KUALA LUMPUR, 22 April 2009: DAP chairperson Karpal Singh today filed an application at the High Court here for a release from a charge under the Sedition Act.
Karpal, 69, made the application after submitting a preliminary objection to the letter of consent to prosecute dated 11 March, which was signed by Attorney-General Tan Sri Abdul Gani Patail, which Karpal claimed was incomplete and invalid.
In his submission, Karpal who represented himself said the letter of consent should display fully the contents of the charges and not parts of the contents.
On 17 March, Karpal claimed trial to the charge of uttering seditious words at a press conference pertaining to the Sultan of Perak at his office, Tetuan Karpal Singh & Co, Jalan Pudu Lama, here between noon and 12.30pm on 6 Feb.
Karpal was charged under Section 4(1)(b) of the Sedition Act 1948. Upon conviction, he faces a maximum fine of RM5,000 or three years’ imprisonment or both.
According to Karpal, the alleged seditious words in the charge were only mentioned as “Annexure A”. Karpal claimed that it should instead have been stated together with the charge and not as an annexure.
“Legal proceedings under section 4(1)(b) of the Act requires as a pre-requisite written consent of the public prosecutor as specified in section 5 of the act.
The written consent precedes the charge. “If this pre-requisite stands unfulfilled, legal proceedings amount to a nullity. In this regard, what is pertinent is to consider what consent entails,” he said.
Karpal also submitted that the written consent must show on the face of it whether the public prosecutor had applied his mind as required by law along the principles set out herein before issuance of the written consent.
“This court can only consider what is in the written consent without adverting to any extrinsic evidence,” he added.
In his submission, Karpal said further that on the face of the consent it was undisputed that the alleged seditious words were not set out and neither was there any annexure to the consent setting out the alleged seditious words as set out in the form of annexure ‘A’ which contained 10 pages.
“Can it be said under these circumstances, that the issuance of the consent by the public prosecutor is an act of reason, accompanied with deliberation, the mind weighing as in a balance, the good and evil on each side.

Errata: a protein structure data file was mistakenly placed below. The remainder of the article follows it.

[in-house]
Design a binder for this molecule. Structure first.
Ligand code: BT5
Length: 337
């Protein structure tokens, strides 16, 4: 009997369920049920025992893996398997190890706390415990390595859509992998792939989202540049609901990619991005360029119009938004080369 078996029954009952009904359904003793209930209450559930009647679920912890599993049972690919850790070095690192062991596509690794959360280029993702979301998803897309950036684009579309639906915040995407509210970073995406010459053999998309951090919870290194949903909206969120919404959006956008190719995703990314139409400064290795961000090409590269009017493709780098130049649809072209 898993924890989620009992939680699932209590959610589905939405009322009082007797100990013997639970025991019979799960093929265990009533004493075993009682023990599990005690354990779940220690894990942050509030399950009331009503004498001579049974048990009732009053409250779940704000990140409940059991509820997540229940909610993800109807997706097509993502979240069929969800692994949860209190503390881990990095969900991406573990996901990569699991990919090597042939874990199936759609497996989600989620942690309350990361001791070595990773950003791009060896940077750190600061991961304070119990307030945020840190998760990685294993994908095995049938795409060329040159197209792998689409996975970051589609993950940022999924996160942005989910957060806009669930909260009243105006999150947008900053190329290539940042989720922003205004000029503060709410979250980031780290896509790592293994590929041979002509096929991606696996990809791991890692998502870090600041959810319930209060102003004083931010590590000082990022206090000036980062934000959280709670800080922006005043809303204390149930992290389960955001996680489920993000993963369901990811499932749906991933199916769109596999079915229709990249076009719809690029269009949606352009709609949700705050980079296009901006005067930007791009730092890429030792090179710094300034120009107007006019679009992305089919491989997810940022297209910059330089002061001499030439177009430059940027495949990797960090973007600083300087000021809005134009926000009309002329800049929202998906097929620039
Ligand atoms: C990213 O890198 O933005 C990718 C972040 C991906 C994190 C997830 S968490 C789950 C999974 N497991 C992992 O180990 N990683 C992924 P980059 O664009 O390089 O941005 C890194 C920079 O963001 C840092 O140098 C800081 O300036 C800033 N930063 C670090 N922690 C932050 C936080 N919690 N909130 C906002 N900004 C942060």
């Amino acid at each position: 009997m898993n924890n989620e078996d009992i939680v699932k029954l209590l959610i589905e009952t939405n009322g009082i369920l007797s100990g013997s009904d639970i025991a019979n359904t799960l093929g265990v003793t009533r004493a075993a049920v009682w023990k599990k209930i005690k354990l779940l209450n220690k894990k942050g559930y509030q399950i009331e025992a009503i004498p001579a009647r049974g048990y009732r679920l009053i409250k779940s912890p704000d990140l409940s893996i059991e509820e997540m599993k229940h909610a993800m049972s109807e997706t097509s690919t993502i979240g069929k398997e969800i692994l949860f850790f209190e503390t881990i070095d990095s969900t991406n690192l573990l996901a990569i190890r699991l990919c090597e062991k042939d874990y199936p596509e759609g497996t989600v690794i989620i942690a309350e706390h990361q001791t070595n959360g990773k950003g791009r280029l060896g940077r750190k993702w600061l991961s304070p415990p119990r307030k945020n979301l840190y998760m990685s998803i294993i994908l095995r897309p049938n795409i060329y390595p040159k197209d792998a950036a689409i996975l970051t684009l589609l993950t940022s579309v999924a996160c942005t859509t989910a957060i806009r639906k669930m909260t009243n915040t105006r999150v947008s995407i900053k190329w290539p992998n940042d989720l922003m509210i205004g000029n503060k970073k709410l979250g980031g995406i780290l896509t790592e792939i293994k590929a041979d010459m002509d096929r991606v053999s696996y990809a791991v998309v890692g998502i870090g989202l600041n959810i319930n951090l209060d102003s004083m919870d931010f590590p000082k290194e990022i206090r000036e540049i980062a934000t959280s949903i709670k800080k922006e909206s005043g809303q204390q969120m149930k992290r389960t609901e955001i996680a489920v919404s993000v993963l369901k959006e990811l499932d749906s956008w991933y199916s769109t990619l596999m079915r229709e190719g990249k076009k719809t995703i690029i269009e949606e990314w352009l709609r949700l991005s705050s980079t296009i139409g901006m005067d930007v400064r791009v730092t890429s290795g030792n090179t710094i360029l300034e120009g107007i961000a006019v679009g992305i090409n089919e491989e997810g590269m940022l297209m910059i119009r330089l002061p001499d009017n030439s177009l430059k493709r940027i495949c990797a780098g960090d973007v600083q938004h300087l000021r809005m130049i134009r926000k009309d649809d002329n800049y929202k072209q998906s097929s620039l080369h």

“How could he have applied his mind whether or not to prosecute the accused if the consent on the face of it does not set out the alleged seditious words having regard to the fact that at this point of time the charge was yet to come into existence? The charge is formulated only after a valid consent is issued,” he said.
Karpal also said the consent was defective in that reference to alleged utterance of sedition words under section 4(1)(b) did not advert to which of the limbs in section 3(1), the words referred to came within.
Karpal said a seditious tendency was a tendency:
* to bring into hatred or contempt or to excite disaffection against any ruler or against any government
* to excite the subjects of any ruler or the inhabitants of any territory governed by any government to attempt to procure in the territory of the ruler or governed by the government the alteration, otherwise than by lawful means, of any matter as by law established
* to bring into hatred or contempt or to excite disaffection against the administration of justice in Malaysia or in any state
* to raise discontent or disaffection amongst the subjects of the Yang di-Pertuan Agong or of the ruler of any state or amongst the inhabitations of Malaysia or of any state
* to promote feelings of ill-will and hostility between races or classes of the population of Malaysia
* to question any matter, right, status, position, privilege, sovereignty or prerogative established or protected by the provisions of part III of the Federal Constitution or article 152, 153 or 181 of the Federal Constitution.
Meanwhile, senior federal counsel Datuk Kamaluddin Md Said, in his reply said that he did not see any flaw on the prosecution.
He said the prosecution was the written consent and the defence was arguing about the lack of particulars.
On arguments whether such consent needed particulars and whether the information must put in the written consent, he said: “Is it mandatory or a requirement for the AG (Attorney-General) to have the particularisations of the offence in the written consent?”
He also said that written consent was sufficed for fulfilment of law and not having the particulars would not jeopardise the prosecution’s case.
Kamaluddin said Karpal could answer to the charge and could prepare defence adding that Karpal’s application had no merit.
Judicial Commissioner Azman Abdullah fixed 28 April for decision. — Bernama